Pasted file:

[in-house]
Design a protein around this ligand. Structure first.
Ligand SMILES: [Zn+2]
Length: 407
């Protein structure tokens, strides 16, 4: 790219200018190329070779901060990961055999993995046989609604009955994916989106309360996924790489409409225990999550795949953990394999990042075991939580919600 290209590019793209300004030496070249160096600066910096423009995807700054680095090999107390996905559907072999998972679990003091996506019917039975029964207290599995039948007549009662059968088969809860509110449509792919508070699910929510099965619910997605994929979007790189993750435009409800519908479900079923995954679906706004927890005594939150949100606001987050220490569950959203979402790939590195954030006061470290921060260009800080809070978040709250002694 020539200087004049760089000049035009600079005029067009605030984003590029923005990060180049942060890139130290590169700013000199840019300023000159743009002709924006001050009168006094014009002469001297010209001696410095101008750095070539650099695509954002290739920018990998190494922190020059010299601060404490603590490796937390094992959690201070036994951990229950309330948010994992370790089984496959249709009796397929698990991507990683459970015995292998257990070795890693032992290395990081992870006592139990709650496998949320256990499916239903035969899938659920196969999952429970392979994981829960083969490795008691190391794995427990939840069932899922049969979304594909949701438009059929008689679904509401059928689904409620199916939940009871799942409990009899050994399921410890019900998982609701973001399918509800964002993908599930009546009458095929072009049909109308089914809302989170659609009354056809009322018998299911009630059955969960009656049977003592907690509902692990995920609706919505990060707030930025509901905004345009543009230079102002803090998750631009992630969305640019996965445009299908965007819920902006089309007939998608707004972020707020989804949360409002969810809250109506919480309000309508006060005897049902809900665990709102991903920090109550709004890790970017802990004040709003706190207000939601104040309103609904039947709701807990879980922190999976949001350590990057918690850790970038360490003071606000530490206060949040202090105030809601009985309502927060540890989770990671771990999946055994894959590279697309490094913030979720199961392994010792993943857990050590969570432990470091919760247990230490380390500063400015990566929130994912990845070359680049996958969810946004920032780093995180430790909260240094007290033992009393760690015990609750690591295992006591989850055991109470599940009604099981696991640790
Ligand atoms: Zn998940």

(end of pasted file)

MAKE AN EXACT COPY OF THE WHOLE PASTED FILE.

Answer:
[in-house]
Design a protein around this ligand. Structure first.
Ligand SMILES: [Zn+2]
Length: 407
């Protein structure tokens, strides 16, 4: 790219200018190329070779901060990961055999993995046989609604009955994916989106309360996924790489409409225990999550795949953990394999990042075991939580919600 290209590019793209300004030496070249160096600066910096423009995807700054680095090999107390996905559907072999998972679990003091996506019917039975029964207290599995039948007549009662059968088969809860509110449509792919508070699910929510099965619910997605994929979007790189993750435009409800519908479900079923995954679906706004927890005594939150949100606001987050220490569950959203979402790939590195954030006061470290921060260009800080809070978040709250002694 020539200087004049760089000049035009600079005029067009605030984003590029923005990060180049942060890139130290590169700013000199840019300023000159743009002709924006001050009168006094014009002469001297010209001696410095101008750095070539650099695509954002290739920018990998190494922190020059010299601060404490603590490796937390094992959690201070036994951990229950309330948010994992370790089984496959249709009796397929698990991507990683459970015995292998257990070795890693032992290395990081992870006592139990709650496998949320256990499916239903035969899938659920196969999952429970392979994981829960083969490795008691190391794995427990939840069932899922049969979304594909949701438009059929008689679904509401059928689904409620199916939940009871799942409990009899050994399921410890019900998982609701973001399918509800964002993908599930009546009458095929072009049909109308089914809302989170659609009354056809009322018998299911009630059955969960009656049977003592907690509902692990995920609706919505990060707030930025509901905004345009543009230079102002803090998750631009992630969305640019996965445009299908965007819920902006089309007939998608707004972020707020989804949360409002969810809250109506919480309000309508006060005897049902809900665990709102991903920090109550709004890790970017802990004040709003706190207000939601104040309103609904039947709701807990879980922190999976949001350590990057918690850790970038360490003071606000530490206060949040202090105030809601009985309502927060540890989770990671771990999946055994894959590279697309490094913030979720199961392994010792993943857990050590969570432990470091919760247990230490380390500063400015990566929130994912990845070359680049996958969810946004920032780093995180430790909260240094007290033992009393760690015990609750690591295992006591989850055991109470599940009604099981696991640790
Ligand atoms: Zn998940």